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Platform for page turner

  1. Jul 31, 2007 #1
    I am designing a book scanner (I will be using a digital camera), and I need some advice for constructing a platform that will properly support large books. Through much research I have determined that a V-shaped cradle will be the best platform since this will tend to reduce the curvature of a book. However, this will still have to deal with the problem of curvature as I move towards the center of the book. The pages that have been turned will tend to pull on the spine altering its position so the spine is not resting on a flat surface but is at an angle because of the V-shaped cradle. I'm wondering if I left a gap at the bottom of the cradle if this could allow the spine more flexibility. My attached diagram illustrates this. However I must develop some alternative support to hold the spine. What are some methods I could use that would provide support that is flexible? One possibility that I considered is to have a bag filled with small, soft, rubberlike balls.
     

    Attached Files:

  2. jcsd
  3. Jul 31, 2007 #2

    DaveC426913

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    You sure you have permission to copy these books? Just checking.
     
  4. Jul 31, 2007 #3
    I personally think you should be able to copy books...assuming you took them out a a library or something and don't plan on selling copies, I consider it "extended borrowing." Anyways, the site http://www.geocities.jp/takascience/lego/fabs_en.html
    has a pretty good book scanner, except it looks like his platform may not be wide enough to support the book. Like you said, curvature towards the spine makes problems, I think if you had some kind of square bracket that could be adjusted for slightly less than the size of the book's page you would be able to have the bracket push the page back towards the cover, making it flatter. Then if you get the camera aligned straight it might not blur the words.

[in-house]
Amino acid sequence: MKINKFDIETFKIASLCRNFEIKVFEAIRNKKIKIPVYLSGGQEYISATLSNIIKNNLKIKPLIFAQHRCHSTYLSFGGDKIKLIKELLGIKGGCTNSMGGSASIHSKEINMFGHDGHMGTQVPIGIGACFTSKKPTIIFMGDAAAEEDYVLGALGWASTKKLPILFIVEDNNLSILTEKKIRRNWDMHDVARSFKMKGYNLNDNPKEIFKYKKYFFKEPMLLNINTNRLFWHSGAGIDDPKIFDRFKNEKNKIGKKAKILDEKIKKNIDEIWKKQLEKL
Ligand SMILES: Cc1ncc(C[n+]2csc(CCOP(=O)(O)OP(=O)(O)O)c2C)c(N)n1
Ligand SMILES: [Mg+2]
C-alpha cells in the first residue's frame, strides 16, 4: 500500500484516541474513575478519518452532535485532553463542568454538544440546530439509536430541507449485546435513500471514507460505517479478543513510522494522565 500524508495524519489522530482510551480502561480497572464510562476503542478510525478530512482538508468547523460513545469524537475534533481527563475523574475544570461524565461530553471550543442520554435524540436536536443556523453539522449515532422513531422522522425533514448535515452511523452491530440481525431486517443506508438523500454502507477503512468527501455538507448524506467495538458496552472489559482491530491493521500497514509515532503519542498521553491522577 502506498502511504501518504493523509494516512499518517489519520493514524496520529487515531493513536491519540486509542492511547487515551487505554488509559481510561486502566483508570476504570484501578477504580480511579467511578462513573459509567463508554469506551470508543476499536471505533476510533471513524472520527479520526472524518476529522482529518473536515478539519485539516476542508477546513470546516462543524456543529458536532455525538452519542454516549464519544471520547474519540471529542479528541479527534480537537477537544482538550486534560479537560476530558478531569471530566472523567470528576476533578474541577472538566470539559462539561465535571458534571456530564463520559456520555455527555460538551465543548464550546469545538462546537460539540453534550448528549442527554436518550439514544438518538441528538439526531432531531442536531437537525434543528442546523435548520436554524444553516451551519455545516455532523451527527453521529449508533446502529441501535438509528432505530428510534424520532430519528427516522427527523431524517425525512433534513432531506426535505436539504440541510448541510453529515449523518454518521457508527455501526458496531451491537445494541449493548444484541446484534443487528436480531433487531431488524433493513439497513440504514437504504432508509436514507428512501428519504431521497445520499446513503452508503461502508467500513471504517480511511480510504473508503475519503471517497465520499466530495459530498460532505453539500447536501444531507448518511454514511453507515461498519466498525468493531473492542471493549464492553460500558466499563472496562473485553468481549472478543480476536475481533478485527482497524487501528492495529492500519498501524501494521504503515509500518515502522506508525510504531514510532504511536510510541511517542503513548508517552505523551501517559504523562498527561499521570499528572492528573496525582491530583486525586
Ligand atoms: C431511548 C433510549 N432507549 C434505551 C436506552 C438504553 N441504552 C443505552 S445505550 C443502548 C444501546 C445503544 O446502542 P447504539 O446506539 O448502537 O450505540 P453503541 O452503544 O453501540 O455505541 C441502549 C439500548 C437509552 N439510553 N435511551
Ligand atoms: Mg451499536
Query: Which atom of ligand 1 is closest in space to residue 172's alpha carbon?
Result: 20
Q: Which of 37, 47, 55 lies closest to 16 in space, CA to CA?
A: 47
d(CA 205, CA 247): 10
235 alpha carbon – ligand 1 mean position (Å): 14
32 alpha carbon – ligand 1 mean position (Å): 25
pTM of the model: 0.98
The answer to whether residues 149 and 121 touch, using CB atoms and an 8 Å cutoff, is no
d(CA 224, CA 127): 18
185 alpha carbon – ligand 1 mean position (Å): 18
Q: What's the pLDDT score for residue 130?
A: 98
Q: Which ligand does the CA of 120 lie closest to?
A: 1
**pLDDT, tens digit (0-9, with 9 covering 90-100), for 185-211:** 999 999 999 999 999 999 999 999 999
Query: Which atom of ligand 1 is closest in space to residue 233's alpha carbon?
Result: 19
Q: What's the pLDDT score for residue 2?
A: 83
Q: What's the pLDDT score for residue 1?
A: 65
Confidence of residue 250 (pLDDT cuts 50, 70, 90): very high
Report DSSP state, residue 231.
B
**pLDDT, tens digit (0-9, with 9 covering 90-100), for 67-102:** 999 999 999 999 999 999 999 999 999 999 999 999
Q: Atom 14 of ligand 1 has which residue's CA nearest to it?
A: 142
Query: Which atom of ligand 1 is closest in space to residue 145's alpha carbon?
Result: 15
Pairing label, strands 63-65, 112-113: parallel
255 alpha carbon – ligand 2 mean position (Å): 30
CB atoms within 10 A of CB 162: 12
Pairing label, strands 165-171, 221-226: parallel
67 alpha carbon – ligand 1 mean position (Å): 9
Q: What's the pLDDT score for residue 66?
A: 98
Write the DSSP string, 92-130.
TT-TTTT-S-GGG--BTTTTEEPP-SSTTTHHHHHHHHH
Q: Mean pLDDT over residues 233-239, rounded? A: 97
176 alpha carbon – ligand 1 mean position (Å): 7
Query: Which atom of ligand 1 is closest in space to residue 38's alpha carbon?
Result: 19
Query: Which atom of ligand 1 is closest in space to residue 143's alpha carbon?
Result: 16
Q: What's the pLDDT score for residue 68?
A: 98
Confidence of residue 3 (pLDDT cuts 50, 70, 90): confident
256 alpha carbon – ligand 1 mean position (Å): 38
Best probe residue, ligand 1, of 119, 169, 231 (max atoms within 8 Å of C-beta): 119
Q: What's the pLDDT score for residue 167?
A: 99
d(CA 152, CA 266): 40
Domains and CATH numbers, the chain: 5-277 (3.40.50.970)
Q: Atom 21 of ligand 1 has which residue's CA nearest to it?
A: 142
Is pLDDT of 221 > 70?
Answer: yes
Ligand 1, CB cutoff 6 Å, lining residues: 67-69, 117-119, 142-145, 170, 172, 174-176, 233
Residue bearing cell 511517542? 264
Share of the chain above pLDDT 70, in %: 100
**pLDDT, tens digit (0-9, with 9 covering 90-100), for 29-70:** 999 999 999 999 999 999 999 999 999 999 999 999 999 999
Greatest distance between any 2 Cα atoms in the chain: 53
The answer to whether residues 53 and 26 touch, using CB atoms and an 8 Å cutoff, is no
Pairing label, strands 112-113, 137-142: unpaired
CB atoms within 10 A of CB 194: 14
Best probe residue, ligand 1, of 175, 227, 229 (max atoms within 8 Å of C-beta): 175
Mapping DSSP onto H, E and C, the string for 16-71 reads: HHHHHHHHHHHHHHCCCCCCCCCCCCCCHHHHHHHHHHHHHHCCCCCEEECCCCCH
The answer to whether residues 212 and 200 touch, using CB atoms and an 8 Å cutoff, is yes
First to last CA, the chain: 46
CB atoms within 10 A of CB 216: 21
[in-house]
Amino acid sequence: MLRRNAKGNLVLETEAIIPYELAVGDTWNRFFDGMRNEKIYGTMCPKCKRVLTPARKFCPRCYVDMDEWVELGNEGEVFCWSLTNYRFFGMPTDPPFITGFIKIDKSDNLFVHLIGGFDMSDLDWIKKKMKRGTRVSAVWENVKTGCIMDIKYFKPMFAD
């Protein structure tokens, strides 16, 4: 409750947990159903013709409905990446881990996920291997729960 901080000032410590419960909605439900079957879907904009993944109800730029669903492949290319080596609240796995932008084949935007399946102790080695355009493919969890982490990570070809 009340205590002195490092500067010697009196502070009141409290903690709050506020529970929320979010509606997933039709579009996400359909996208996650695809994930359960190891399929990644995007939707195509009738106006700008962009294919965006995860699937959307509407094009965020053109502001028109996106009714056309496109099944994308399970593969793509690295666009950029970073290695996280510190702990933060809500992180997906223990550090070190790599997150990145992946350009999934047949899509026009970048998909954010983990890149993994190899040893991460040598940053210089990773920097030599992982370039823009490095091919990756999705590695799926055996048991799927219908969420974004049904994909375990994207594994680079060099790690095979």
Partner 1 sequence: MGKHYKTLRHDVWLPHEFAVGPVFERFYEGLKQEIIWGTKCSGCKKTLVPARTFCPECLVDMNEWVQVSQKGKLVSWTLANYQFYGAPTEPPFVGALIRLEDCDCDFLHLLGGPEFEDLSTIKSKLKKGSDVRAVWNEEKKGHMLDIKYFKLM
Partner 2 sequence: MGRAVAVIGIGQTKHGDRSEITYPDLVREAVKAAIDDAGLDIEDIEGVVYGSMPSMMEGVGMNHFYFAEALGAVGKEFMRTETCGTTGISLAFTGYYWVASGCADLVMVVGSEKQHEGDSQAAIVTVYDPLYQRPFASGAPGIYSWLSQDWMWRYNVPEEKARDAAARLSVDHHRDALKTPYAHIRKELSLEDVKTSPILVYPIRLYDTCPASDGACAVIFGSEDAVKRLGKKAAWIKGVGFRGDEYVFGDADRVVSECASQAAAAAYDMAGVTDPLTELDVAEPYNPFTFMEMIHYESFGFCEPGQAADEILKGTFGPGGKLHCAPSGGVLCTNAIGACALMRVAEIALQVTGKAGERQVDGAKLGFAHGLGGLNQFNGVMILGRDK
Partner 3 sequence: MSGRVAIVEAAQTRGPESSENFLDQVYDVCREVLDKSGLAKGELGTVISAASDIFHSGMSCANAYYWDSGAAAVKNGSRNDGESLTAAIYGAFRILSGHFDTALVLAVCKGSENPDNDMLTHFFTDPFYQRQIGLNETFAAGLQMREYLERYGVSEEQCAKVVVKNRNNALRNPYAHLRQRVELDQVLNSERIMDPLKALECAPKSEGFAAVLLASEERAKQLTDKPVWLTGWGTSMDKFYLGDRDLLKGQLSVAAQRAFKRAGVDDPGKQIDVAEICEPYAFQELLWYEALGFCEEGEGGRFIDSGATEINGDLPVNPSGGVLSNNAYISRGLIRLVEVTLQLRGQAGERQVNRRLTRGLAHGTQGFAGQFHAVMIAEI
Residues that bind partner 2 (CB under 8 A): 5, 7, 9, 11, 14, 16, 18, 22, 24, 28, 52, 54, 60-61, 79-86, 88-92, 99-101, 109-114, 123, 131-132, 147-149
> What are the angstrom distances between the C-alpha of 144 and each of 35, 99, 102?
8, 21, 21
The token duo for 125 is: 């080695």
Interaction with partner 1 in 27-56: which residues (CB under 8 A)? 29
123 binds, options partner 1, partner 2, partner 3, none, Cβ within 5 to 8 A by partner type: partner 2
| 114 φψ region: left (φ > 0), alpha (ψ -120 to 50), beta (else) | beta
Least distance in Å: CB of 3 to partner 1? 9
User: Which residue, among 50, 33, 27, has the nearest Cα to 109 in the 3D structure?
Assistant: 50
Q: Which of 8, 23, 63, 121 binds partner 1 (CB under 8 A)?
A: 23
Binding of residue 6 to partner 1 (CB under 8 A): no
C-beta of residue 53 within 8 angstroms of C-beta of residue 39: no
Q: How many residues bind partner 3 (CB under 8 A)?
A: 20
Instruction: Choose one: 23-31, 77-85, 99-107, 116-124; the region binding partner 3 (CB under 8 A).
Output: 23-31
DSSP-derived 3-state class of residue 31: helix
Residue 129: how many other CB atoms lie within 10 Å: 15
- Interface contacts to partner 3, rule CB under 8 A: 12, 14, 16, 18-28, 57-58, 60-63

5. Aug 1, 2007 #4

    Danger

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    How about you just use a couple of sliding 'leaves' as the base angle, so that you can telescope them to accommodate different thicknesses of book? (Sort of like how old-fashioned roller skates or expandable dining tables work.)
     
  6. Aug 1, 2007 #5

    DaveC426913

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    OK, well assuming you do have the appropriate permissions...

    My contribution: I suggest you turn the book over, use glass plates and put your camera underneath. This will allow the book's weight to press the pages flat - and I suspect will solve a host of other problems to do with the changing shape of the book.


    Question: Is the page turner supposed to be mechanically automated? i.e. it doesn't need your input? Because that'll make a lot of difference in all the designs.
     
  7. Aug 1, 2007 #6
    I do intend this to be fully robotic. I had considered having the book face down, but I thought it would be too complicated to have a mechanism that would lift the book up in order to turn the next page.

    By the way, the reason I'm doing this is because I'm physically unable to turn pages, and the Chafee amendment allows disabled individuals to have legal digital copies of print media.
     
  8. Aug 1, 2007 #7

    Danger

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    Dave has already mentioned what will probably be your biggest hurdle—keeping the pages flat enough for a good image without damaging the spine of the book. I've had tonnes of trouble trying to do that with a regular photocopier. The page curvature, even if everthing is visible, distorts the image. I have an off-the-top-of-my-head solution to that, but I'm not sure that it will work.
    Give me a while to think on it, and I'll throw you a sketch.
     
  9. Aug 1, 2007 #8
    I would greatly appreciate that.
     
  10. Aug 2, 2007 #9

    Q_Goest

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    I wonder if you couldn't simply manipulate the page electronically so that you take the picture and you have this curvature problem, then electronically manipulate it to eliminate any distortion. Perhaps you can work off the lines that define the top and bottom of the page, or any obvious lines that cross the page such as a sentance.

    There are systems that take a scanned image and convert it to a text file, so I have to believe it would be possible to scan a distorted page and manipulate it electronically.
     
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